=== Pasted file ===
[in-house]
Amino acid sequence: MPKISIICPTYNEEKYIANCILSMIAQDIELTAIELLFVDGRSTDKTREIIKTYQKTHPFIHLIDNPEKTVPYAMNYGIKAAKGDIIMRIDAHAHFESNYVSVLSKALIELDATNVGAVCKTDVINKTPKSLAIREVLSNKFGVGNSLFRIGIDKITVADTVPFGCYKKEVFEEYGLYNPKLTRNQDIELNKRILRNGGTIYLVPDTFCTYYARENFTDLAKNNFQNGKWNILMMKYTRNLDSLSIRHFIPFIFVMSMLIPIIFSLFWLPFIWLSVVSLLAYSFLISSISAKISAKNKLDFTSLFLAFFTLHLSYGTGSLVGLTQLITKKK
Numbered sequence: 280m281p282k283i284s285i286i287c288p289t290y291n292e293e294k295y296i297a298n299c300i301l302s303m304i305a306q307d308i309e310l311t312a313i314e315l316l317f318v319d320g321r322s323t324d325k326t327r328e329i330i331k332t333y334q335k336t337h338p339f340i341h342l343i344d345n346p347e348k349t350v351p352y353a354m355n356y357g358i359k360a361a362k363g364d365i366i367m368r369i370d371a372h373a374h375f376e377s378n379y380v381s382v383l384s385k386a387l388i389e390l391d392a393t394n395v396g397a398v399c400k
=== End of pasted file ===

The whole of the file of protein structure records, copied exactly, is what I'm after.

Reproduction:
[in-house]
Amino acid sequence: MPKISIICPTYNEEKYIANCILSMIAQDIELTAIELLFVDGRSTDKTREIIKTYQKTHPFIHLIDNPEKTVPYAMNYGIKAAKGDIIMRIDAHAHFESNYVSVLSKALIELDATNVGAVCKTDVINKTPKSLAIREVLSNKFGVGNSLFRIGIDKITVADTVPFGCYKKEVFEEYGLYNPKLTRNQDIELNKRILRNGGTIYLVPDTFCTYYARENFTDLAKNNFQNGKWNILMMKYTRNLDSLSIRHFIPFIFVMSMLIPIIFSLFWLPFIWLSVVSLLAYSFLISSISAKISAKNKLDFTSLFLAFFTLHLSYGTGSLVGLTQLITKKK
Numbered sequence: 280m281p282k283i284s285i286i287c288p289t290y291n292e293e294k295y296i297a298n299c300i301l302s303m304i305a306q307d308i309e310l311t312a313i314e315l316l317f318v319d320g321r322s323t324d325k326t327r328e329i330i331k332t333y334q335k336t337h338p339f340i341h342l343i344d345n346p347e348k349t350v351p352y353a354m355n356y357g358i359k360a361a362k363g364d365i366i367m368r369i370d371a372h373a374h375f376e377s378n379y380v381s382v383l384s385k386a387l388i389e390l391d392a393t394n395v396g397a398v399c400k